The world of the galloglass
Kings, warlords and warriors in Ireland and Scotland, 1200–1600
Seán Duffy, editor
The intersection of Scottish and Irish politics and culture in the late Middle Ages is encapsulated in the figure of the galloglass. These West Highland and Hebridean warriors feature prominently in the military history of late medieval and early modern Ireland; yet, though often mentioned, their role has never been properly analyzed. In this collection of essays, Seán Duffy (TCD) examines the ‘prehistory’ of the galloglass in Irish warfare; Kenneth Nicholls (emeritus, UCC), presents a full discussion of the various branches of galloglass kindred that rapidly proliferated throughout Ireland from the late thirteenth century onwards; and David Caldwell (National Museum, Scotland) reconstructs from artefacts, images and documentary sources how a galloglass warrior may have appeared and operated – his dress, his weaponry and his famous galleys.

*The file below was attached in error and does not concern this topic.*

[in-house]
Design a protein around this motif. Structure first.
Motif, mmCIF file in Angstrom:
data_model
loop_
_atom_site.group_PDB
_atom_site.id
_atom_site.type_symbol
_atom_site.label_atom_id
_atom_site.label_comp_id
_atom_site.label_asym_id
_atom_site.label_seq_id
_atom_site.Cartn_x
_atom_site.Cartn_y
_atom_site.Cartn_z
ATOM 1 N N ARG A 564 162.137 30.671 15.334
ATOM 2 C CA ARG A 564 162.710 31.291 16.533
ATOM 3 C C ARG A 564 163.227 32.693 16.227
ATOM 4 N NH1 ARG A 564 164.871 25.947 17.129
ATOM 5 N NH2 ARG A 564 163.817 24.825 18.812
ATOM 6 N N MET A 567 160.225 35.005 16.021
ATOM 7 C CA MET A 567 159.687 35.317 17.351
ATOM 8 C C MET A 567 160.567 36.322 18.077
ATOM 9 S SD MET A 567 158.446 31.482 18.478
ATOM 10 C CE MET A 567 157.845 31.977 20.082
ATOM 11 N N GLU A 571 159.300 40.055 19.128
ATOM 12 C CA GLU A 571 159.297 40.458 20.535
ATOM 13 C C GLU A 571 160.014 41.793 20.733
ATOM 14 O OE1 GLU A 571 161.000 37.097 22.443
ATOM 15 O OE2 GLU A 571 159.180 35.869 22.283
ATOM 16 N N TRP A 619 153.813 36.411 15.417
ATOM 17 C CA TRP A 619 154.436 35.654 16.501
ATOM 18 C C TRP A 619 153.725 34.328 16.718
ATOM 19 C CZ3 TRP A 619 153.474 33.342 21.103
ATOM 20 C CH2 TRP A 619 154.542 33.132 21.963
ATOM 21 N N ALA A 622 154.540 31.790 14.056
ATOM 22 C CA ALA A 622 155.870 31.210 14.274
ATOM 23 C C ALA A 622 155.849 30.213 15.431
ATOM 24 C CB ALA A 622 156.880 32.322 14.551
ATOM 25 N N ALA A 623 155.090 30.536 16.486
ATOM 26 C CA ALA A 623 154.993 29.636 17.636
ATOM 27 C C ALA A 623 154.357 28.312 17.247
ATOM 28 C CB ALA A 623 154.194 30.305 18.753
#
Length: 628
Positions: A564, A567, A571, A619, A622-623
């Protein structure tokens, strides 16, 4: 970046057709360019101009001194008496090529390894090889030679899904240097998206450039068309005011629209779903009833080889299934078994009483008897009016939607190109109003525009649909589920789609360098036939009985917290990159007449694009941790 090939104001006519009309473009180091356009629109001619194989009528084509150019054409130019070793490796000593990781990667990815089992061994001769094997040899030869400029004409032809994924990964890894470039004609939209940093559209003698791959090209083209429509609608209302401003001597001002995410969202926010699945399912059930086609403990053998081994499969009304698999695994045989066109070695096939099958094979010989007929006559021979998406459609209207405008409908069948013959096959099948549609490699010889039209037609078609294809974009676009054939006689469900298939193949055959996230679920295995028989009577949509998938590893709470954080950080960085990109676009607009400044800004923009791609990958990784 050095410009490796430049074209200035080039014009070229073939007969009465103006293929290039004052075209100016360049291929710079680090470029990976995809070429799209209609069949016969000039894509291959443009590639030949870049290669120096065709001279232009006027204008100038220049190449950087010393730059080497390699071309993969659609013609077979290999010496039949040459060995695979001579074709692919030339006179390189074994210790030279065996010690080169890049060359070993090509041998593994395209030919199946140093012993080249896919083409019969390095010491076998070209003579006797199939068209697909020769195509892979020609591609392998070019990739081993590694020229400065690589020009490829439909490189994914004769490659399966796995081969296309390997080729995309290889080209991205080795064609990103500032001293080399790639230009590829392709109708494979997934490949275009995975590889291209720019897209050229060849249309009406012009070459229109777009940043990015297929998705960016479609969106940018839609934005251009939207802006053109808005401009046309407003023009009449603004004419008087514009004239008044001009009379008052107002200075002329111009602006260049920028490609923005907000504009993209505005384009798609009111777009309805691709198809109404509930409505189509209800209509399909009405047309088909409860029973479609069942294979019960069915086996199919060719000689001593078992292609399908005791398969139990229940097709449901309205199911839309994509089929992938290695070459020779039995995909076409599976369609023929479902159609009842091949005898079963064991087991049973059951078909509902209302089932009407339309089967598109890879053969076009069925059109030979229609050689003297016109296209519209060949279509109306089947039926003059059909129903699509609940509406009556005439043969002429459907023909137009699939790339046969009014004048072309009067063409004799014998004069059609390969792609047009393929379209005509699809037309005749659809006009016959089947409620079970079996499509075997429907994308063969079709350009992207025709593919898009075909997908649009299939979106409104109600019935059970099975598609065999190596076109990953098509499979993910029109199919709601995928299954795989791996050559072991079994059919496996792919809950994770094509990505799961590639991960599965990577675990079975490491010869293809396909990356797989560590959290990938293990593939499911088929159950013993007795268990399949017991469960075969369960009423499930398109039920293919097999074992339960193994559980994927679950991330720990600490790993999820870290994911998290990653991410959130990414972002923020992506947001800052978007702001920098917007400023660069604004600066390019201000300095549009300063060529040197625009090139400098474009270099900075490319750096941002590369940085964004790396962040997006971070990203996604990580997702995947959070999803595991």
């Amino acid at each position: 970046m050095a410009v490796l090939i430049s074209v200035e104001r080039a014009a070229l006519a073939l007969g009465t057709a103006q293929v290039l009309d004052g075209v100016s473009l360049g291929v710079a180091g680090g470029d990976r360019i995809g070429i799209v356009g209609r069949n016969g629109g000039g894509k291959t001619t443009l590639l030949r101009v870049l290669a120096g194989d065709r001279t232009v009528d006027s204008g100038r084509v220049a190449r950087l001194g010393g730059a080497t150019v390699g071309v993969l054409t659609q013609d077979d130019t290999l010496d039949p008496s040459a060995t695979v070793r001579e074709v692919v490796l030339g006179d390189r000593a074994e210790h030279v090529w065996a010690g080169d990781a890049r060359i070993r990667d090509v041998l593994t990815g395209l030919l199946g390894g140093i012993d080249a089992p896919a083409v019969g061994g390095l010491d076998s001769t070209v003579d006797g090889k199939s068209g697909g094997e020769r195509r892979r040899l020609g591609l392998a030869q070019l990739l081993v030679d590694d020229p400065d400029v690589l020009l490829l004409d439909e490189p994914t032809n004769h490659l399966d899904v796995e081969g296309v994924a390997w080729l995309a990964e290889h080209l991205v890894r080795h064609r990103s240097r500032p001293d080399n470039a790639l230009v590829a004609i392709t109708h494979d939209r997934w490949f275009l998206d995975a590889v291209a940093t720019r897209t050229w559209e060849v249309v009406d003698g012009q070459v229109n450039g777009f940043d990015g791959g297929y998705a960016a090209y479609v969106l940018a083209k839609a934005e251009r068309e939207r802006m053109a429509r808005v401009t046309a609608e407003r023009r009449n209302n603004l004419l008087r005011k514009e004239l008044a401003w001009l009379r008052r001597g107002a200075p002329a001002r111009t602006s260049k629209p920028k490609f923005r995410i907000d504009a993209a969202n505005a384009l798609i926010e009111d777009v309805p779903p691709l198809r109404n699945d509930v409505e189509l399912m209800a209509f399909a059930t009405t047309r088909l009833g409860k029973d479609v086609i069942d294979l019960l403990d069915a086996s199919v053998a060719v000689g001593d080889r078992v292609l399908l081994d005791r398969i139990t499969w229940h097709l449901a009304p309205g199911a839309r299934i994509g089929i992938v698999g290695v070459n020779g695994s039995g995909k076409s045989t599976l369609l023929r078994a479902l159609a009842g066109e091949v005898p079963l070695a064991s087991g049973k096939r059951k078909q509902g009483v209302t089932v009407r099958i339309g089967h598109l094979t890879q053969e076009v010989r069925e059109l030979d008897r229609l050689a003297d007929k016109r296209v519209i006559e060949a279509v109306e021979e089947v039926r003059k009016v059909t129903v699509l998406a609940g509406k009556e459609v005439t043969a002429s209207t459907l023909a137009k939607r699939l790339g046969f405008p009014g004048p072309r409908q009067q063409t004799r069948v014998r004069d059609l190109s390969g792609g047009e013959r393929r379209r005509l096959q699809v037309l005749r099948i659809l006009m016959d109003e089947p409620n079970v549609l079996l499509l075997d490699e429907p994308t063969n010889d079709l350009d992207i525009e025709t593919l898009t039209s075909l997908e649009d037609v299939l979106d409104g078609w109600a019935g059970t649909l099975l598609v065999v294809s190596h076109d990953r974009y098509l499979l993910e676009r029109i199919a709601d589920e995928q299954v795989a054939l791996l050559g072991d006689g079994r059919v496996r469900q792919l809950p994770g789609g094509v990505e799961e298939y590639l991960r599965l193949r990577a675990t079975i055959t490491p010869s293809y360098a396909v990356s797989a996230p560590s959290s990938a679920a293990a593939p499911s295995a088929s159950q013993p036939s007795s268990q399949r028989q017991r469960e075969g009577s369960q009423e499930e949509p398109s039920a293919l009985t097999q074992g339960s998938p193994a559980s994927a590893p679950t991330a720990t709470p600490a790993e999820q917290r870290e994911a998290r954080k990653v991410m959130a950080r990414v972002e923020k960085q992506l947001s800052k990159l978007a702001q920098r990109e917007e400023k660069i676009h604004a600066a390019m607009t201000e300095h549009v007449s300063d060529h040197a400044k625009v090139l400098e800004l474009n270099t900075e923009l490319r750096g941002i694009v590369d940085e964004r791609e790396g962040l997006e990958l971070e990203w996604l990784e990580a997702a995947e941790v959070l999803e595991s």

The volume also examines ‘high politics’: R.A. McDonald (Brock University, Canada) assesses the significance of Manx sea power in the north Irish Sea region; Alasdair Ross (Stirling) re-evaluates the evidence for an Irish link in the revolts against the Scots kings in northern Scotland in the late twelfth and the thirteenth centuries; Alex Woolf (St Andrews) explores the mystery surrounding the identity of the king of Argyll who fell in the battle of Ballyshannon in 1247; Alison Cathcart (Strathclyde) looks at the Irish ambitions of King James V; and David Edwards (UCC) unravels the part played by an obscure fellow of Trinity College Dublin in James VI’s succession to the throne vacated by the College’s founder, Elizabeth I.
This book also makes a major contribution to the study of the common culture of Gaeldom in late medieval and early modern Ireland and Scotland, Katharine Simms (TCD) bringing her unrivaled expertise to bear on poems in honour of the McSweeney galloglass lords, while Wilson McLeod (Edinburgh) analyzes the image of the galloglass as portrayed in later bardic verse.
Seán Duffy is Professor in medieval history in Trinity College, Dublin, and co-director of its Centre for Irish-Scottish Studies. He is also the chairman of the Friends of Medieval Dublin.